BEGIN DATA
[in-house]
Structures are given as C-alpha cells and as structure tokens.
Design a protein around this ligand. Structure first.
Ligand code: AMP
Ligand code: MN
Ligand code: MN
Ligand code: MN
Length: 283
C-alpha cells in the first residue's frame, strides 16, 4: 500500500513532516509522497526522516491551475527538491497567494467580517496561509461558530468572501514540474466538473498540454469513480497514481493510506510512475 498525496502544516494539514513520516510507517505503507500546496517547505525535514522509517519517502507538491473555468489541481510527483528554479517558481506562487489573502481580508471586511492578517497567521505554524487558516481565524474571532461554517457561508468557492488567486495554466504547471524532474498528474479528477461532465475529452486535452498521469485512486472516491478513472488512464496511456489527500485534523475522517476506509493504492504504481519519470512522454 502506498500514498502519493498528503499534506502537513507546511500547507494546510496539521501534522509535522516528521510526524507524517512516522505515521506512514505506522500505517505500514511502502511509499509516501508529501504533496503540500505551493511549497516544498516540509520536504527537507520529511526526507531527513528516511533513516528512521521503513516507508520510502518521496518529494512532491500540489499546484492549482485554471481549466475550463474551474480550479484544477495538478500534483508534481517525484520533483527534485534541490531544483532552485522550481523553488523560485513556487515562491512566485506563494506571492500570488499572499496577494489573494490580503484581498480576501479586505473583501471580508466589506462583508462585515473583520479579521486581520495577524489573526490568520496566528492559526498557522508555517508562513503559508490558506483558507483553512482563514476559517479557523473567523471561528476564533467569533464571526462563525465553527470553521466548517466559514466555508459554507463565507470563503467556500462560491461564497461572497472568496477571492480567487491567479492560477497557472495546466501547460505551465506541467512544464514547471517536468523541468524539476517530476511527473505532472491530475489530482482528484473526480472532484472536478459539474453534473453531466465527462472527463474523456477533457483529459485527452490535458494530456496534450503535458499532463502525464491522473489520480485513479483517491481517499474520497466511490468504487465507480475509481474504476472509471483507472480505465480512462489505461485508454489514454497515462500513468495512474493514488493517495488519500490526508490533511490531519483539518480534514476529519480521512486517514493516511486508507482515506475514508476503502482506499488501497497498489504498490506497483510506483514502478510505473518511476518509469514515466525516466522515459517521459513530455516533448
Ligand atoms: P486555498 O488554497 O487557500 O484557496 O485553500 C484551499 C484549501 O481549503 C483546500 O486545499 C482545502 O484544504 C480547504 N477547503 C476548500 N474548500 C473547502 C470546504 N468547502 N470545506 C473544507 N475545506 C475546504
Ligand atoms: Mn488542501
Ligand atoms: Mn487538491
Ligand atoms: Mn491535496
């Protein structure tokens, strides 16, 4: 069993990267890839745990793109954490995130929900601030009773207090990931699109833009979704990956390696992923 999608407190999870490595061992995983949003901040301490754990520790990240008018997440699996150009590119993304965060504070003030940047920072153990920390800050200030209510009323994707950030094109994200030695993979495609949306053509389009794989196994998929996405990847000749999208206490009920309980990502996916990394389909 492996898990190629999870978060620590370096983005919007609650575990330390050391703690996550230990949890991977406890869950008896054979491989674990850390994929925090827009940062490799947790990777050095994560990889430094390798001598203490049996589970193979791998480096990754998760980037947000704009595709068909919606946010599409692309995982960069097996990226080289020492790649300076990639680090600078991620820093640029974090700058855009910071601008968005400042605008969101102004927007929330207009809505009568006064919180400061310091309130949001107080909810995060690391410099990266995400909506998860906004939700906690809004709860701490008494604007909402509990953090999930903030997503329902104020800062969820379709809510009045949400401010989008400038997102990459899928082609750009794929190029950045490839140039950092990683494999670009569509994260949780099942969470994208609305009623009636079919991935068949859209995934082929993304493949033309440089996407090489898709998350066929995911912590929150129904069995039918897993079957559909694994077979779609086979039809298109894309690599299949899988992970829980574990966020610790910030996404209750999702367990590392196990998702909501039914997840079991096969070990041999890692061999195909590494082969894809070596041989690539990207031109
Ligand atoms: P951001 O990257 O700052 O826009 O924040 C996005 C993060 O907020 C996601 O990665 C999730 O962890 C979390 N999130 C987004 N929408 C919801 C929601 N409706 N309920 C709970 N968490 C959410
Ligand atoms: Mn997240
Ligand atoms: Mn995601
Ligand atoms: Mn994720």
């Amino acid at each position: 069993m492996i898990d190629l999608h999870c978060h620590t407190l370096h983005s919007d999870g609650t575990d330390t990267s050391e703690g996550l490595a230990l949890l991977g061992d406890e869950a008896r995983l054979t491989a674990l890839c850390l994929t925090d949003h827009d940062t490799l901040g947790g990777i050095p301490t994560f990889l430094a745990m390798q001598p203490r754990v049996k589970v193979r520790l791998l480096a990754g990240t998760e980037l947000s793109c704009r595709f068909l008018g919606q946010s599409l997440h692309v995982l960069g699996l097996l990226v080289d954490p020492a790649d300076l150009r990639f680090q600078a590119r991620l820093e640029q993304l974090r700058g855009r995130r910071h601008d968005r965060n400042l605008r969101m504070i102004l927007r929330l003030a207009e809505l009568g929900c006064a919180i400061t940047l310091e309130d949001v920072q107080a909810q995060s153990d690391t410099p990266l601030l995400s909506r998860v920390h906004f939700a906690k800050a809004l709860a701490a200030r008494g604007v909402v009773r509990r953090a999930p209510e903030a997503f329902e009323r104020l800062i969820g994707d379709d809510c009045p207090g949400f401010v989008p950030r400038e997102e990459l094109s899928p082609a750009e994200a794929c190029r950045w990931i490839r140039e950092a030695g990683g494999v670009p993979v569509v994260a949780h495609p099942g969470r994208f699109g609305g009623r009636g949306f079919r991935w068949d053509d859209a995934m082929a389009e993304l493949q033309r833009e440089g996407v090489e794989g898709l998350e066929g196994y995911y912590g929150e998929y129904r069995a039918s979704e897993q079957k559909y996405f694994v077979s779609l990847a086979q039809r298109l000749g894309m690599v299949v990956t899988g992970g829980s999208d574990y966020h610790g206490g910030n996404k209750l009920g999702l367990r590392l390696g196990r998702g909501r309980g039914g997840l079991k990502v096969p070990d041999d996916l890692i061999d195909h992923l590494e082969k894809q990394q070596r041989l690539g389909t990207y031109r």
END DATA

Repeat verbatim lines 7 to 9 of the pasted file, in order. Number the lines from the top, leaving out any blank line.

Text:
Ligand code: MN
Length: 283
C-alpha cells in the first residue's frame, strides 16, 4: 500500500513532516509522497526522516491551475527538491497567494467580517496561509461558530468572501514540474466538473498540454469513480497514481493510506510512475 498525496502544516494539514513520516510507517505503507500546496517547505525535514522509517519517502507538491473555468489541481510527483528554479517558481506562487489573502481580508471586511492578517497567521505554524487558516481565524474571532461554517457561508468557492488567486495554466504547471524532474498528474479528477461532465475529452486535452498521469485512486472516491478513472488512464496511456489527500485534523475522517476506509493504492504504481519519470512522454 502506498500514498502519493498528503499534506502537513507546511500547507494546510496539521501534522509535522516528521510526524507524517512516522505515521506512514505506522500505517505500514511502502511509499509516501508529501504533496503540500505551493511549497516544498516540509520536504527537507520529511526526507531527513528516511533513516528512521521503513516507508520510502518521496518529494512532491500540489499546484492549482485554471481549466475550463474551474480550479484544477495538478500534483508534481517525484520533483527534485534541490531544483532552485522550481523553488523560485513556487515562491512566485506563494506571492500570488499572499496577494489573494490580503484581498480576501479586505473583501471580508466589506462583508462585515473583520479579521486581520495577524489573526490568520496566528492559526498557522508555517508562513503559508490558506483558507483553512482563514476559517479557523473567523471561528476564533467569533464571526462563525465553527470553521466548517466559514466555508459554507463565507470563503467556500462560491461564497461572497472568496477571492480567487491567479492560477497557472495546466501547460505551465506541467512544464514547471517536468523541468524539476517530476511527473505532472491530475489530482482528484473526480472532484472536478459539474453534473453531466465527462472527463474523456477533457483529459485527452490535458494530456496534450503535458499532463502525464491522473489520480485513479483517491481517499474520497466511490468504487465507480475509481474504476472509471483507472480505465480512462489505461485508454489514454497515462500513468495512474493514488493517495488519500490526508490533511490531519483539518480534514476529519480521512486517514493516511486508507482515506475514508476503502482506499488501497497498489504498490506497483510506483514502478510505473518511476518509469514515466525516466522515459517521459513530455516533448